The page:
Three in five children exposed to cyber risks: Study
1 in 6 has met online contacts, some engaging in sexual acts
About a sixth of children aged eight to 12 have met people they got to know online, and some of these contacts have resulted in sexual acts.
Meanwhile parents, who traditionally have focused on signs of gaming addiction, may be none the wiser.
The 2020 Child Online Safety Index (Cosi) released yesterday found that three in five children in that age range are exposed to cyber risks.
These risks include cyber bullying, exposure to risky content, and experiencing risky contact.
The study, done by international think tank DQ Institute and released in association with Singtel, sampled 145,000 children from 30 countries.
It found that 17 per cent of such children have physically met online contacts or engaged in sexual acts with them.
Almost half, or 45 per cent, have reported being victims of cyber bullying.
The study describes the situation as a "cyber pandemic".
It found that 39 per cent, or close to two in five children, reported having a compromising or embarrassing photograph shared online, while 29 per cent, or nearly three in 10, have been exposed to unwanted sexual or violent media.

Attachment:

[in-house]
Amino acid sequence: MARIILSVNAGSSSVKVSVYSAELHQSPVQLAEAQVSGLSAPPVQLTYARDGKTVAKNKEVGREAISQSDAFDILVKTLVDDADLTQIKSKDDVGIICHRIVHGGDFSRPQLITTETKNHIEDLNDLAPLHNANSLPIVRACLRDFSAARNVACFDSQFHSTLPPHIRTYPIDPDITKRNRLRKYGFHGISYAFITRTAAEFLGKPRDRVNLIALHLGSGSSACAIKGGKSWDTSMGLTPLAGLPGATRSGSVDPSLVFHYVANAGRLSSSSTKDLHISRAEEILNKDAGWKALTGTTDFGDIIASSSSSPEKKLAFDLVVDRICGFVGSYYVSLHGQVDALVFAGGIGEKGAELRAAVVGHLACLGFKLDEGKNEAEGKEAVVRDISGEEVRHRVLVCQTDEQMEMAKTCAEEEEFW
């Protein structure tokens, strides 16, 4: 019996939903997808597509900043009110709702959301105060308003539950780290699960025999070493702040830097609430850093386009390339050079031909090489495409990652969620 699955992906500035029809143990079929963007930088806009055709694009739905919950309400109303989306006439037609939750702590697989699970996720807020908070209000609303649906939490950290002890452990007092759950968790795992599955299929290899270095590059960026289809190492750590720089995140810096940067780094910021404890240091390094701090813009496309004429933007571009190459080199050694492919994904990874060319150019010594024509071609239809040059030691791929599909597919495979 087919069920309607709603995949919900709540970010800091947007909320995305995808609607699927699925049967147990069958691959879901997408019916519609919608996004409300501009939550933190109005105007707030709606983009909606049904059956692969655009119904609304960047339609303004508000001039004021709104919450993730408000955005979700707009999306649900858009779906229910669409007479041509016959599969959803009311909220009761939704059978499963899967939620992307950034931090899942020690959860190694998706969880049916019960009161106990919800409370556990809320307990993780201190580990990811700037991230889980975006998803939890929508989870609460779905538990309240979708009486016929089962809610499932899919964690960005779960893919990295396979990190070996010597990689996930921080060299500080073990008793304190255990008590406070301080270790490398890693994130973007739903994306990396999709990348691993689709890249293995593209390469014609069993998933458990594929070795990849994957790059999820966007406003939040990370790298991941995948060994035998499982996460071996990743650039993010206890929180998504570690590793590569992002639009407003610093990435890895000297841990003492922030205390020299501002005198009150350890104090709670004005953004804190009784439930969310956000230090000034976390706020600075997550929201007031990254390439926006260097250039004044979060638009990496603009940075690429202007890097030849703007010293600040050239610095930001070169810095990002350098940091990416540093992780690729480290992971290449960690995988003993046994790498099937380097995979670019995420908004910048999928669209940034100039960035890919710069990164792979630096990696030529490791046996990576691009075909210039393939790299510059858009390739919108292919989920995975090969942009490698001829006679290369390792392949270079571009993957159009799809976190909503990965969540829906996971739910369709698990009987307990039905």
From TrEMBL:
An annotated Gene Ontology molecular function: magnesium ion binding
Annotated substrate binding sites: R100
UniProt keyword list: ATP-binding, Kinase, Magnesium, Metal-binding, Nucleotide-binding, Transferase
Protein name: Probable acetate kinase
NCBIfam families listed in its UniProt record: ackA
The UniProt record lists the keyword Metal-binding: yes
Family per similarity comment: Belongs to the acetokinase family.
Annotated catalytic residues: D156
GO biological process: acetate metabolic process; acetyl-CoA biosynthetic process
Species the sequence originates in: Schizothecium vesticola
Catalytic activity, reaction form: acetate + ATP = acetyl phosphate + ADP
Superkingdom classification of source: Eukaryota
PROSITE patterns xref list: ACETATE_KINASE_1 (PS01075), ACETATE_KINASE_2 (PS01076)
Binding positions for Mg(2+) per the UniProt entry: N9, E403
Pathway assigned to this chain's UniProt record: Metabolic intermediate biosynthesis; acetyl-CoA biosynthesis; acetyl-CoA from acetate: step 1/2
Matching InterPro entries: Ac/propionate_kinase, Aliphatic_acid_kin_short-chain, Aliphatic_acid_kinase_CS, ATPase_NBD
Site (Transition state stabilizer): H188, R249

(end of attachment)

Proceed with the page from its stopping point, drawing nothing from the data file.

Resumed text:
Only 13 per cent appear to be at risk of gaming disorder, and seven per cent at risk of social media disorder.
Mr Andrew Buay, the vice-president of group sustainability at Singtel, explained why parents may find it difficult to identify risks aside from addiction.
"Gaming addiction is a risk that is very visible, but many of the other risks are a bit more invisible," he said.
"Cyber bullying may be manifesting in a very different way. Maybe the kid is just withdrawn, that's the physical observation, but maybe the issue is there's online bullying."
Singapore was fourth safest in the global 2020 Cosi ranking, which ranked the online safety for children across 30 countries. It had a score of 65.8, behind Spain (75.6), Australia (75.1) and Malaysia (68.1).
Dr Yuhyun Park, founder of DQ Institute, said that despite its high ranking, Singapore could do better in terms of awareness.
"Parents have a low awareness, despite there being high risks," she said.
"What we encourage is for everyone to think of the other risk elements, which are seldom being discussed."
The mother of two children aged 10 and 12 added that getting parents to educate their kids was a more viable solution than any complete ban.
"The Internet is unfiltered, uncensored, and full of information," she said.
"If there is no filter out there, then we have to put the filter in our children."
She said that while children should be warned against revealing personal details, they should also be taught to be discerning users who can tap the wealth of knowledge online.
She said: "We want them to develop critical thinking, to have an understanding on making the right choices online, to use the Internet in a wise way and not be involved in risky behaviour."